UK - A new consultancy service has been launched in the UK which is designed to advise pension funds regarding the selection of investment consultants.
Until now, it has been largely the investment consultants who have driven the pension fund arena and the direction pension funds may actually move in, but with the increasing pressure to ensure the most suitable firms are employed to help manage assets, it was noted there appears to few services scrutinising the practices and models consultants pursue.
IC Select has now been launched by Roger Brown, who was previously responsible for establishing the investment consultant assessment services of Blacket Research as well as spending time as Hibbert & Barrie, to try and fill that void.
Moreover, the firm has already assisted its first client, the Scottish Power Pension Scheme, in its search for an investment consultant.
"Historically, it has been very difficult for pension funds to analyse the consultant selection," Brown told IPE.
"They can obviously rely on the investment consultant for assistance on investments, and over the last year there have been a very small handful of pure tender consultants [launched], looking more at administration systems selections which provide the framework and how to go through the process.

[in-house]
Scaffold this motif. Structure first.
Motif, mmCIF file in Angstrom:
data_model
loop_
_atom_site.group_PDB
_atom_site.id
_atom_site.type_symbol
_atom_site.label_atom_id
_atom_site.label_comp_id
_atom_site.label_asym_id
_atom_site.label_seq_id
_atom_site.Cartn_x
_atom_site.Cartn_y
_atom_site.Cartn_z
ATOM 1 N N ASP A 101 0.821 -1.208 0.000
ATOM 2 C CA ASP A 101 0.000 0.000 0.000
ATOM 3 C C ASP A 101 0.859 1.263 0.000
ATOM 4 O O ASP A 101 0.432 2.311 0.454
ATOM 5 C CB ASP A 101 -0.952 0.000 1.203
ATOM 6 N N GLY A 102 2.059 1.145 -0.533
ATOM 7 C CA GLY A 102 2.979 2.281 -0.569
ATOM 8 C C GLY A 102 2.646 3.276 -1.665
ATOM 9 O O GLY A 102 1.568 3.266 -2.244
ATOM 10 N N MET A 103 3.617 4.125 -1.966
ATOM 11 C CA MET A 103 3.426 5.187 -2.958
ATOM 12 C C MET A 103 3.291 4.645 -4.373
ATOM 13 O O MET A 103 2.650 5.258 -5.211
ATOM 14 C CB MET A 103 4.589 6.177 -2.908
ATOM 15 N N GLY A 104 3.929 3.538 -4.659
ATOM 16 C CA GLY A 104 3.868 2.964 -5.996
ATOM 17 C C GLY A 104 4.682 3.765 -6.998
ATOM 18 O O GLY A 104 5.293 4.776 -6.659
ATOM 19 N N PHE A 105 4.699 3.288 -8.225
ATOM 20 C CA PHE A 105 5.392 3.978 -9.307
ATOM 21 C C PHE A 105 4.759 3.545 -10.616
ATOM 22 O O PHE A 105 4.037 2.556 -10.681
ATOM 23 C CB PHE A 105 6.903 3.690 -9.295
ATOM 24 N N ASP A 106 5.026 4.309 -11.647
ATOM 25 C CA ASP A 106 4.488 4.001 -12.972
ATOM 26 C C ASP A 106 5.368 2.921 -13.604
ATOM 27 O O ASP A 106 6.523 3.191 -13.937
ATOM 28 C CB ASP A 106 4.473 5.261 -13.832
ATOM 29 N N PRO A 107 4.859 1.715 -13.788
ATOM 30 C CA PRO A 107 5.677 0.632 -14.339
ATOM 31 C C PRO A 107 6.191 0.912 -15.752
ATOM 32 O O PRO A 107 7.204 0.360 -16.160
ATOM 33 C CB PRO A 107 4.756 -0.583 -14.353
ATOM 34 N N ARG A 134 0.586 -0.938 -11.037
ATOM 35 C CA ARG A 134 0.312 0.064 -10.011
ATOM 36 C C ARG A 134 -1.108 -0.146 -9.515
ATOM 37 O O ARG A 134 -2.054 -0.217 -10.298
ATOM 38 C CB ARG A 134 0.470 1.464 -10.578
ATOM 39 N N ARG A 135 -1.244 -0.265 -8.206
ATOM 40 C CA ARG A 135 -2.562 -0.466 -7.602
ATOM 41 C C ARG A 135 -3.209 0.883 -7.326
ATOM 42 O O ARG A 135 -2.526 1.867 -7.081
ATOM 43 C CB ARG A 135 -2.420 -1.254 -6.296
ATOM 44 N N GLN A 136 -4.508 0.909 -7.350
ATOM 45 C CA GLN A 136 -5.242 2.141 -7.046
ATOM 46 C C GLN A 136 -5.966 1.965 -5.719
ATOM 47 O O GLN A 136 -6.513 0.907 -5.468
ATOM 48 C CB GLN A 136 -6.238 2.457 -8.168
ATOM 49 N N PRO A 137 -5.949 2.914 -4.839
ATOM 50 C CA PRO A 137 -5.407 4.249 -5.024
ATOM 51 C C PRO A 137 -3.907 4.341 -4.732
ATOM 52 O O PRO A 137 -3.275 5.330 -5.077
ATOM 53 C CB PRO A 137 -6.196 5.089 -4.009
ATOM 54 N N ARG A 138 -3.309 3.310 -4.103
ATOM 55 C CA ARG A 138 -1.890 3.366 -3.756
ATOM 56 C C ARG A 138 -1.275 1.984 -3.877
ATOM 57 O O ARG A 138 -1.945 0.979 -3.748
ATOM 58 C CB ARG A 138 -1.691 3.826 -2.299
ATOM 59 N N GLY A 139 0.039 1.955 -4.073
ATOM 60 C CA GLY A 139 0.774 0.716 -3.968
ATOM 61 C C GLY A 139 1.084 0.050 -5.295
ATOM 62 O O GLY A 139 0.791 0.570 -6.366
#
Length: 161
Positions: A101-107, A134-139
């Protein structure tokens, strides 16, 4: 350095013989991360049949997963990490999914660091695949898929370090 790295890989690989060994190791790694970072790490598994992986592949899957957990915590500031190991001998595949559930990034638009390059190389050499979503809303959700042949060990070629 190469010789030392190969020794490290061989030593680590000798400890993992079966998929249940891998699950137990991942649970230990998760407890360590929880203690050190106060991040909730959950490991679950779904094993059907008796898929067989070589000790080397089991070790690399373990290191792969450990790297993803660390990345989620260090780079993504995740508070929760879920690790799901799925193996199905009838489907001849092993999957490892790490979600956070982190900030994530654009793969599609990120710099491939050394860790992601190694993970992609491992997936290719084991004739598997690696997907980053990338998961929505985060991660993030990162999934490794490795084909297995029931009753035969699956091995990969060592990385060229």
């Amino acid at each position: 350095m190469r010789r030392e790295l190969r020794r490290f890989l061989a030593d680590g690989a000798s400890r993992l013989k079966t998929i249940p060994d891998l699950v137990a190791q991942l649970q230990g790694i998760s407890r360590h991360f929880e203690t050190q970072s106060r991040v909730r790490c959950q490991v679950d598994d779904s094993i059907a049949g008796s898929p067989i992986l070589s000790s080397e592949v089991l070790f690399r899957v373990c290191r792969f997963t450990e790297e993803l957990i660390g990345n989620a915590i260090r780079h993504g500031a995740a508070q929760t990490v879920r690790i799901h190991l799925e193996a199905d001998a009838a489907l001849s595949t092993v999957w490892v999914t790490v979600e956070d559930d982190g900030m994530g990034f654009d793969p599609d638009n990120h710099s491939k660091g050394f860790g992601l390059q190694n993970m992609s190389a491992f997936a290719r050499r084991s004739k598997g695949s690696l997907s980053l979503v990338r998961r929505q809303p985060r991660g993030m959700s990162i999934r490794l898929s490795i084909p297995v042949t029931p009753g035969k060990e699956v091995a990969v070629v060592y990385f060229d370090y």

"But no-one looks at the asset liability models, etc, and the vast bulk of business for consultants comes from whether [a pension fund should] have 60-80% in equities.
There is nobody who has looked at these models and asked where they will lead the pension fund, getting down to the detailed due diligence they do," he added.
IC Select is targeted only at UK pension funds but is designed to give trustees a due diligence process with high governance standards, as academic research now recognises 90% of the variation in a pension scheme's return is as a result of the investment consultants' advice, and just 10% is the result of managers selected.
Commenting further on the position of investment consultants in the market, Brown said conflicts of interest at investment consultants, particularly with the rise of multi-manager operations inside consultancy firms, is one aspect of the process his firm will watch closely.
"It is predominantly the major consultants who have gone down [the multimanager] route. And there are difference around the way they control conflicts of interest, but it is not a significant issue for pension schemes as yet because business, in terms of multimanager or implemented consulting, is still quite low. That said, there are a couple of consultancies which, as they grow, will have to deal with it," added Brown.
Officials at the Scottish Power Pension Scheme were unavailable for comment at the time of publication.